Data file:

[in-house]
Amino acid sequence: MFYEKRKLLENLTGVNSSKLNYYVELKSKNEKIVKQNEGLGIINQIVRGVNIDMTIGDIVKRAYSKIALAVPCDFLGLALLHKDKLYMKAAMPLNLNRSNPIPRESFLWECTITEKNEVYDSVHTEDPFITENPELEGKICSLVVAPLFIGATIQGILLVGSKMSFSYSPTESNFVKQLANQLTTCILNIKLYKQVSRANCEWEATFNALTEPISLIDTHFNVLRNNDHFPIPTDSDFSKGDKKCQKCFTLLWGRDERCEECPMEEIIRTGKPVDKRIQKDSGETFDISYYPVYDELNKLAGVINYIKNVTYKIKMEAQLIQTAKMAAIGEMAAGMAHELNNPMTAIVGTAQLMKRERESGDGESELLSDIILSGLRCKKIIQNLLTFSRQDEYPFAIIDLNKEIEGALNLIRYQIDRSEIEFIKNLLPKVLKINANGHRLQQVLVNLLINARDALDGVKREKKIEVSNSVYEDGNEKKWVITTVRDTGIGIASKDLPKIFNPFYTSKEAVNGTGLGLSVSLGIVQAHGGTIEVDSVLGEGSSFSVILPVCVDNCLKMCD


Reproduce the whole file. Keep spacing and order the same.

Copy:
[in-house]
Amino acid sequence: MFYEKRKLLENLTGVNSSKLNYYVELKSKNEKIVKQNEGLGIINQIVRGVNIDMTIGDIVKRAYSKIALAVPCDFLGLALLHKDKLYMKAAMPLNLNRSNPIPRESFLWECTITEKNEVYDSVHTEDPFITENPELEGKICSLVVAPLFIGATIQGILLVGSKMSFSYSPTESNFVKQLANQLTTCILNIKLYKQVSRANCEWEATFNALTEPISLIDTHFNVLRNNDHFPIPTDSDFSKGDKKCQKCFTLLWGRDERCEECPMEEIIRTGKPVDKRIQKDSGETFDISYYPVYDELNKLAGVINYIKNVTYKIKMEAQLIQTAKMAAIGEMAAGMAHELNNPMTAIVGTAQLMKRERESGDGESELLSDIILSGLRCKKIIQNLLTFSRQDEYPFAIIDLNKEIEGALNLIRYQIDRSEIEFIKNLLPKVLKINANGHRLQQVLVNLLINARDALDGVKREKKIEVSNSVYEDGNEKKWVITTVRDTGIGIASKDLPKIFNPFYTSKEAVNGTGLGLSVSLGIVQAHGGTIEVDSVLGEGSSFSVILPVCVDNCLKMCD